Notes and references:

There will be a service of remembrance at the Animals in War memorial, in Park Lane, London, on Sunday 12 November, starting at 3 p.m. The memorial and its implications have been discussed in this blog at

The numbers of animals used at Porton Down, and the explanation from the Ministry of Defence, is quoted on the Forces Network web-site at The quoted official account of Porton Down is at

Bitte der armen Thiere, by Christian Adam Dann, was published in Tübingen in 1822.

A translation of Schweitzer’s sermons of 1919 is published by Macmillan as A Place for Revelation (1988). Quotations are from that edition, and mostly from the first three sermons, the finest of them. In a few cases I have altered the translation. Schweitzer’s account of Günsbach after the war comes from My Life and Thought, Allen and Unwin, 1933, (pp.210-11), as also does his recollection of his lecture tour. The phrases “ghastly drama” and “activist ethics” come from The Philosophy of Civilization, Prometheus Books, 1987, pp.312 and 315. The last quotation is referenced in Jon Wynne-Tyson’s The Extended Circle to The Philosophy of Civilization; I haven’t found it there, and only know it from Wynne-Tyson’s anthology.

Douglas Culham’s 1917 painting is titled Mud Road to Passchendaele, and is in the collection of the Canadian War Museum. The reproduction is in the public domain.



Two Histories of Vivisection and an Essay on Hamlet

“This is the only field in which sadism can be practised within the law”: so wrote John Vyvyan, in bitter jest, as he reviewed the writings of Elie de Cyon and Claude Bernard, two leading champions of vivisection in the mid-nineteenth century. De Cyon, he believed, genuinely was a sadist; Claude Bernard he thought merely callous, a “subman … a mutilated being”. But subman as he may have been, Bernard commanded the new profession of medical research, and cClaude_Bernard_and_pupils_Wellcome_L0019301rucially he sited it in the animal laboratory. The practical and moral consequences of that choice constitute the story which Vyvyan told in his 1969 book In Pity and in Anger.

To Bernard’s own laboratory in Paris came all the ambitious young medical researchers, including the man who would later become Oxford University’s first professor of Physiology, John Scott Burdon Sanderson. Once settled back in Britain, Burdon Sanderson kept a bust of Claude Bernard upon his study mantelpiece. So, no doubt, did many others in the profession. Conan Doyle put one on the mantelpiece of his fictitious professor in the story ‘A Physiologist’s Wife’ (first published in 1890). And along with Bernard’s authority came, as Vyvyan shows, “a new set of values”, licensing and indeed enforcing “the pitiless exploitation of the rest of nature for the physical benefit of man.” [19]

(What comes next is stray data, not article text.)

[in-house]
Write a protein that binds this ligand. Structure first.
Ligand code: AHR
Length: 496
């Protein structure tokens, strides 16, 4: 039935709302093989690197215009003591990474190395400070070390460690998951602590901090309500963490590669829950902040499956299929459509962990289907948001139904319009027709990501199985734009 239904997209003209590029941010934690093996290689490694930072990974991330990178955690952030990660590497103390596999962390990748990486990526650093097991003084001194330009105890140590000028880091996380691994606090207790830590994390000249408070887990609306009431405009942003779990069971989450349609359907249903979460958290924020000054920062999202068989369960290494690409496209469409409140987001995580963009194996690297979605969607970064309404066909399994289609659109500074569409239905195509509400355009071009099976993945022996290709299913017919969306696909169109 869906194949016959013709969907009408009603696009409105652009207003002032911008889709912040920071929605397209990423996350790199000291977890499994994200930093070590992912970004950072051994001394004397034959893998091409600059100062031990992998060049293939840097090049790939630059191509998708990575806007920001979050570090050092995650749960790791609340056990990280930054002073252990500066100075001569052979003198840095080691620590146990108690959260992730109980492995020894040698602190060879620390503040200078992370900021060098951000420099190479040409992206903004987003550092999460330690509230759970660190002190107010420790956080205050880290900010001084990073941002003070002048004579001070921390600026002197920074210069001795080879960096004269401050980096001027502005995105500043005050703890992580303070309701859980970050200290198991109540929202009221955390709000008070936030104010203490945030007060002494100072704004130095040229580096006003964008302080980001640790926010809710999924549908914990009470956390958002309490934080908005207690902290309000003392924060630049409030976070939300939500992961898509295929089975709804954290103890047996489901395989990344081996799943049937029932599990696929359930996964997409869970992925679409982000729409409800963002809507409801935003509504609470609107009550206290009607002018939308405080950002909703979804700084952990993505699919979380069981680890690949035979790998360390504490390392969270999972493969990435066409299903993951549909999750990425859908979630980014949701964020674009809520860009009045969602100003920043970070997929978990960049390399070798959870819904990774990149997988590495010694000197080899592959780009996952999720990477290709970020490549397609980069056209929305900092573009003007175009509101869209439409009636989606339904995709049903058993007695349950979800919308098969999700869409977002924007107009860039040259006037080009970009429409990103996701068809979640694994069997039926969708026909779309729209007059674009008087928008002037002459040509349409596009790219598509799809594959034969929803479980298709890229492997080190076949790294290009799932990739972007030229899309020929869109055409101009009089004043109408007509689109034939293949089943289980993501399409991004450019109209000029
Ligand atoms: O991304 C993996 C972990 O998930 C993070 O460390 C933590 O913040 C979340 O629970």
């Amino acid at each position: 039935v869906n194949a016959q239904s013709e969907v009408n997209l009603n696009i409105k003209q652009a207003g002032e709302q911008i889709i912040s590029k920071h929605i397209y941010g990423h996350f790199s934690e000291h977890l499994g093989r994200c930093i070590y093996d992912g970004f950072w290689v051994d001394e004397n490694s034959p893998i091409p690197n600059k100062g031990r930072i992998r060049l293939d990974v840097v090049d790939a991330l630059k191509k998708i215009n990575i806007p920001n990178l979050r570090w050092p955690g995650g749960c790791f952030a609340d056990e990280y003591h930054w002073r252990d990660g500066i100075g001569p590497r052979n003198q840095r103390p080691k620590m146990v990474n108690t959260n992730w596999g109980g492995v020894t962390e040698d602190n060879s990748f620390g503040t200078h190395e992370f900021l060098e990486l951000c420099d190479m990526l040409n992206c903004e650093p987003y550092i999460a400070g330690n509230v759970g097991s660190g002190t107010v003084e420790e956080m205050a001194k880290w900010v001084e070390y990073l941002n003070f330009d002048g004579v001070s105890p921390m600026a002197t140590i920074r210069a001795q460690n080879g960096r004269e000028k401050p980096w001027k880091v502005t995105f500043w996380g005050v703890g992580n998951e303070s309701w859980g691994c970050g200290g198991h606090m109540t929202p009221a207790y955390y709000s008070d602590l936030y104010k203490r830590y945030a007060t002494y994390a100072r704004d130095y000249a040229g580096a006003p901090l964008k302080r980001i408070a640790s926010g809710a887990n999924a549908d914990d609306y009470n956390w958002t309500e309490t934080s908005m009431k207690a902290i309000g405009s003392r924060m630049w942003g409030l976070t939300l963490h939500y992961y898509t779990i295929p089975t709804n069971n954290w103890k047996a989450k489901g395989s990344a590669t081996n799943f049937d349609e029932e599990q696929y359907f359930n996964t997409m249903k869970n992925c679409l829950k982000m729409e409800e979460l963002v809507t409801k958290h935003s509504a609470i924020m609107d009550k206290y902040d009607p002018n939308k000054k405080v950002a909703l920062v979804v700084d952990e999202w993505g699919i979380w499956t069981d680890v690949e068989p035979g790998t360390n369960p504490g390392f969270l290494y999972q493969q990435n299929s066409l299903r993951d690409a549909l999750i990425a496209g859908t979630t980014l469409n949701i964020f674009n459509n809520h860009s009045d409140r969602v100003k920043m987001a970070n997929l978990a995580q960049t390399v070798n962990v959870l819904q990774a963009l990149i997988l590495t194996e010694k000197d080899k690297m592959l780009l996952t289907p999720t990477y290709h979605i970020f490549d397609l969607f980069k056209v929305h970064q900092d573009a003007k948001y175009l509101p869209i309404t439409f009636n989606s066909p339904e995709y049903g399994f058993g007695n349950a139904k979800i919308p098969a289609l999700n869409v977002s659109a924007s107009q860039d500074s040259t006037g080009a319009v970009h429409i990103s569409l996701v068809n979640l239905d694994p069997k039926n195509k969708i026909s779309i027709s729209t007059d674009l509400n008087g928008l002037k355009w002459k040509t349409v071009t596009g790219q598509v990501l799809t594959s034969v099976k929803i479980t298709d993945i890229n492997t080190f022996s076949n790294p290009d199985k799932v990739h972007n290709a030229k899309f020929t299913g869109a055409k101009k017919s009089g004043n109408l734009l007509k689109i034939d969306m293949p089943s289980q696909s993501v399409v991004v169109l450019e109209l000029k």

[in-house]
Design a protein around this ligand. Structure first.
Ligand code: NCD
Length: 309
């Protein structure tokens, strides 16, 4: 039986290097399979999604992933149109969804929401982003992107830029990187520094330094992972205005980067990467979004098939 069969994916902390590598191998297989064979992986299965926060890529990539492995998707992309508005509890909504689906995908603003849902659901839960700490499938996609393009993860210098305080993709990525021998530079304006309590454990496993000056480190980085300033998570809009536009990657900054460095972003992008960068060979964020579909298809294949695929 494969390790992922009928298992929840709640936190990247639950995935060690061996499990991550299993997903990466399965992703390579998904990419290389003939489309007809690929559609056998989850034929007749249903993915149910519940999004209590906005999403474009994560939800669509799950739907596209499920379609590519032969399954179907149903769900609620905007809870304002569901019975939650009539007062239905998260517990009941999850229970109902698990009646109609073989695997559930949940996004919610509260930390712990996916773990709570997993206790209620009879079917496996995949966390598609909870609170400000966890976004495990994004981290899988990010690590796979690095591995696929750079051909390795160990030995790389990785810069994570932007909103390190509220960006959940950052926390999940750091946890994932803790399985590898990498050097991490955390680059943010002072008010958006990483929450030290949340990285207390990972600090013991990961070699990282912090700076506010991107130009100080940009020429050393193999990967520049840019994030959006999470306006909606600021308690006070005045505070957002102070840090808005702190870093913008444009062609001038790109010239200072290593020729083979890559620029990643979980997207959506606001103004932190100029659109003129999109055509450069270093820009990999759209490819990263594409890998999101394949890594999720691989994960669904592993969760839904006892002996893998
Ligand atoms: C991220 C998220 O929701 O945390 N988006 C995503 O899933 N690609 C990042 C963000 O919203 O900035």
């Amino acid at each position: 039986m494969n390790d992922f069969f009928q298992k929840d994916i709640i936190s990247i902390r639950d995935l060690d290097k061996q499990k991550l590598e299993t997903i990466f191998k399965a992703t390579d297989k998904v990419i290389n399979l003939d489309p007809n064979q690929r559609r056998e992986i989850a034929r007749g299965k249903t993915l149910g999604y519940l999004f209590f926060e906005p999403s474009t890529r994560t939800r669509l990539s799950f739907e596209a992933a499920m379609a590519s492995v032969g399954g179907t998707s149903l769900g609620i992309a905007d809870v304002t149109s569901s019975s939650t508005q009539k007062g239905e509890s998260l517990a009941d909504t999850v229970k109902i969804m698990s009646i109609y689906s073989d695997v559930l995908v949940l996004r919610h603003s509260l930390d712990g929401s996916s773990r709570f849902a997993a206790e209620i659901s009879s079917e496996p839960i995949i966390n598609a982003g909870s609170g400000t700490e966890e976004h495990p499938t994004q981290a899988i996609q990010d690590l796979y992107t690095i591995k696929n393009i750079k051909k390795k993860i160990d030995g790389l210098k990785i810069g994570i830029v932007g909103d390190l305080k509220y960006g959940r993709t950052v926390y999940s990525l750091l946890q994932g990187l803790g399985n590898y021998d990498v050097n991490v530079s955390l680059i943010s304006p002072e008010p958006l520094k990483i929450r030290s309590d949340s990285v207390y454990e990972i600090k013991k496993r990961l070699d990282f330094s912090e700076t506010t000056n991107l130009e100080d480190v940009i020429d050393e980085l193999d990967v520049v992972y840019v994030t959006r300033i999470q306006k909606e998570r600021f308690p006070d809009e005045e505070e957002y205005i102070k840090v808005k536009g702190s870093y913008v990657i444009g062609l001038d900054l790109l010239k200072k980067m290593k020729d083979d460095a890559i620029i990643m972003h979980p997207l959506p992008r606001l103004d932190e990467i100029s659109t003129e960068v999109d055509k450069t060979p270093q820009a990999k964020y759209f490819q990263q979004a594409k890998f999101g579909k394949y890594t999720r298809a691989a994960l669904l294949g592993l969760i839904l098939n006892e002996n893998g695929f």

Of course there was some passionate objection to these new “values” [see the post about Frances Power Cobbe, 1 August 2017]. As the book’s title suggests, much of its story is about the personalities and politics of the anti-vivisection movement. Vyvyan was writing a polemic as well as a thoroughly researched history, and he had a great admiration and sympathy for these people. The frightfulness of contemporary animal research he conveys as much through their shock as by direct account. Anna Kingsford, who put herself through medical studies at the Paris Faculté de Médicine during the 1870s in order to speak for the animals with knowledge and authority, called the experience “descending into Hell” [108]. And these opponents did have this much success in Britain, the 1876 Cruelty to Animals Act, which in theory if not in fact took the values out of the hands of the scientists and gave them to the general public and their elected representatives to decide upon. For all the Act’s faults, and its failures in practice, Vyvyan himself thought well of it: “millions of animals and thousands of students have been spared by this Act, which owes its existence to the early activities of the anti-vivisection movement.”

That last quotation actually comes from the sequel which Vyvyan wrote to In Pity and in Anger, covering the twentieth century to date and titled The Dark Face of Science (1971). Claude Bernard was now in the past; he had died at about the time the British Act was passed. Even so, this next book has for an epigraph, casting its long shadow forward over all the succeeding pages, Bernard’s notorious brag: “le souffle de la science modern, qui anime la physiologie, est eminémment conquérant et dominateur.” [The spirit of modern science, which inspires Physiology, is above all one of conquest and domination.]